The interesting dilemma that is overlaid on this scenario is if the plan, itself, has language which mirrors the ERISA regulation cited above regarding the timing deadline for deposit of salary deferral contributions. If the plan so states, then failure to comply also becomes a qualification issue. If the plan sponsor decides to file under VCP, prior to Rev. Proc. 2008-50, the incongruent result was that plan earnings calculated under VCP required the use of the plan's actual earnings whereas the VFCP earnings methodology utilized the DOL online calculator. The net result was that the same participant could have different corrective contributions associated to the same accounts for the same time period. A way around this anomaly was to offer in VCP to provide to such affected participants the greater of the two amounts, still an unwieldy exercise often requiring time consuming calculations and comparisons.
An improvement regarding this issue as set forth in Rev. Proc. 2008-50, in part as a result of input from us on this very issue, was an addition to §6.02(5)(a):
(a) Reasonable estimates. If either (i) it is possible to make a precise calculation but the probable difference between the approximate and the precise restoration of a participant's benefits is insignificant and the administrative cost of determining precise restoration would significantly exceed the probable difference or (ii) it is not possible to make a precise calculation (for example, where it is impossible to provide plan data), reasonable estimates may be used in calculating appropriate correction. If it is not feasible to make a reasonable estimate of what the actual investment results would have been, a reasonable interest rate may be used. For this purpose, the interest rate used by the Department of Labor's Voluntary Fiduciary Correction Program Online Calculator (“VFCP Online Calculator”) is deemed to be a reasonable interest rate… .
And further in Section 6.02(2)(e)(iii):
Similarly, in the case of a violation of the fiduciary standard imposed by Part 4 of Subtitle B of Title I of ERISA, correction under the Voluntary Fiduciary Correction Program established by the Department of Labor … for a fiduciary violation for which there is a similar failure under this revenue procedure would generally be taken into account as correction under this revenue procedure… .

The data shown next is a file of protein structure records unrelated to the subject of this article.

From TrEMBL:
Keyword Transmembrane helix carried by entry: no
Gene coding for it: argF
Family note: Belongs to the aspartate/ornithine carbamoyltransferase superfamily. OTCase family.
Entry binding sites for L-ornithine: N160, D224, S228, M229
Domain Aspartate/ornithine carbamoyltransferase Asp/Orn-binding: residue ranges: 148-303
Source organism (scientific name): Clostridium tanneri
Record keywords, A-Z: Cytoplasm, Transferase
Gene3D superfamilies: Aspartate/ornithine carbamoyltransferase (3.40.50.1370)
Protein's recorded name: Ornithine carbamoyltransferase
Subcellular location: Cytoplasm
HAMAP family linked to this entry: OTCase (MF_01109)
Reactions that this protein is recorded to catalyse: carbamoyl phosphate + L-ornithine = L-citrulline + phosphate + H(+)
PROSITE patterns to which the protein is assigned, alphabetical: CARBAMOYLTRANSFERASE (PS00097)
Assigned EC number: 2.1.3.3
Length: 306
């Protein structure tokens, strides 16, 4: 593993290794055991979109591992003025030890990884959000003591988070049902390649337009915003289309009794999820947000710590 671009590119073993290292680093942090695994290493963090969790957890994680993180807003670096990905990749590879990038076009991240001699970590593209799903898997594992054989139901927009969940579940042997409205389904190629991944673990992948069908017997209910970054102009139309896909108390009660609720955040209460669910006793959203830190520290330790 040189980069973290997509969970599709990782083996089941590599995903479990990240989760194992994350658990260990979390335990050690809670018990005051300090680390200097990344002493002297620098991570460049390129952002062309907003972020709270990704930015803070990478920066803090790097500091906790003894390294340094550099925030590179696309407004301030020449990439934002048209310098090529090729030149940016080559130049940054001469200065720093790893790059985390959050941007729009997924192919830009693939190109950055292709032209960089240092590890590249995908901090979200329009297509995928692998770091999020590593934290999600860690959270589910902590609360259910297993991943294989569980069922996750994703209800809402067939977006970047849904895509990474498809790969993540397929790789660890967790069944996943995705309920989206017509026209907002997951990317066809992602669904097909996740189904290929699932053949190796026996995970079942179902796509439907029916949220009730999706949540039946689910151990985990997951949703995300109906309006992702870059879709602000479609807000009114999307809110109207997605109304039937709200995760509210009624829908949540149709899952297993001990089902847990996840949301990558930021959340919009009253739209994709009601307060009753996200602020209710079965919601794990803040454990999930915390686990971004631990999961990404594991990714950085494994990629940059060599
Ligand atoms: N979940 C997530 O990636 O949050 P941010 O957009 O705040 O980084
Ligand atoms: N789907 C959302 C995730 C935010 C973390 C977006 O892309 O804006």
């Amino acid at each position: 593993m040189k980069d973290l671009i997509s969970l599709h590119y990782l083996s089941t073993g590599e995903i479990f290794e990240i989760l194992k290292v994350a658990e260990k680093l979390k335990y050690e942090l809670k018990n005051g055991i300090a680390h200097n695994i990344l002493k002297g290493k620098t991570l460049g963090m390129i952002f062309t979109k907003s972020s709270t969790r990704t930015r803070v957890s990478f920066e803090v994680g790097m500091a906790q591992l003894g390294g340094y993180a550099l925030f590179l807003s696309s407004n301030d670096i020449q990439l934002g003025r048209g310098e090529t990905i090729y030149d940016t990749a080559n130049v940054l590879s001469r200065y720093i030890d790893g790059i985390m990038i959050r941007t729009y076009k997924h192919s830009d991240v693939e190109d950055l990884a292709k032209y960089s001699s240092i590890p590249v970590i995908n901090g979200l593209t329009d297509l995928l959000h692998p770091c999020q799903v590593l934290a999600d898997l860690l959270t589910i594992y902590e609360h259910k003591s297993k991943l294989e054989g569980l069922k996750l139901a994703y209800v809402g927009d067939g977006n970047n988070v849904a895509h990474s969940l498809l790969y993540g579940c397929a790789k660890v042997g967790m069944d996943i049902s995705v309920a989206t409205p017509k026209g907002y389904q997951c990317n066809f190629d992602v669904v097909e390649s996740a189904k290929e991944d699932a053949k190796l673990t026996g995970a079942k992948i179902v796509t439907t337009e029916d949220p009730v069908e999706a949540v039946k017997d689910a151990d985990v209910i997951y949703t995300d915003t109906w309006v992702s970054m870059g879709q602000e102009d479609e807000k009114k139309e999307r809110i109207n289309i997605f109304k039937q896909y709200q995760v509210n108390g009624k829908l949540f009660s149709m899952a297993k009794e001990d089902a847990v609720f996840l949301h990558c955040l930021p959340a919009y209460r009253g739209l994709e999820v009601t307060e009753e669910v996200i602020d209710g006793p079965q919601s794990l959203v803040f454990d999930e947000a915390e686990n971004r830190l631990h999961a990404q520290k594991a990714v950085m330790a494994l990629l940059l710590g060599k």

As written, the acceptance of the DOL online calculator methodology still does not help our hypothetical unless the difference in amounts are insignificant and the administrative cost too high. Thus, although the provision is a step in the right direction, it still falls short of the relief actually needed as evidenced by the very typical facts posited. However, it is a step in the right direction. Utilizing the recognition of the DOL online calculator as a reasonable interest rate, in tandem with the language of §6.02(2)(e)(iii), helps the Plan sponsor to assert to the IRS VCP reviewer that the DOL online calculator can be used more broadly for these errors, especially if the plan sponsor is willing to make corrective contributions which are the greater of the two amounts, i.e., actual plan earnings or DOL online calculator earnings.
Another way to avoid the problem totally is to eliminate the ERISA plan asset rule regarding salary deferral contributions in the plan document. If this approach is taken, a violation would only be correctible under VFCP, not VCP, and would thus avoid the dilemma discussed above. Some practitioners, however, feel it is important to state the requirement in the plan in order to provide reference guidance to the client. The trade-off is doing so establishes a plan provision which, if violated, then creates a failure to follow plan terms and a qualification violation, not just a fiduciary violation. In other words, it creates an ERISA violation as well as a Code violation. The result is two correction forums, VCP under the IRS and VFCP under the DOL, with the differing views as previously discussed.
Historically in VCP, IRS reviewers would not accept earnings calculated using the DOL online calculator. As described above, situations arise in which the late deposit of salary deferral contributions requires corrective filings under both VCP and VFCP, and typically for the same errors and same plan years. The liberalization of VCP as set forth in Rev. Proc. 2008-50 is a step forward in reconciling this disconnect and enables plan sponsors to coordinate correction with both agencies. Hopefully, the next iteration of EPCRS will expand the use of the DOL online calculator even further in order to clearly address the issues raised in this article.
For more information, in the Tax Management Portfolios, see Wagner and Bianchi, 375 T.M., EPCRS -- Plan Correction and Disqualification, and in Tax Practice Series, see ¶5510, Qualified Retirement Plans -- Overview.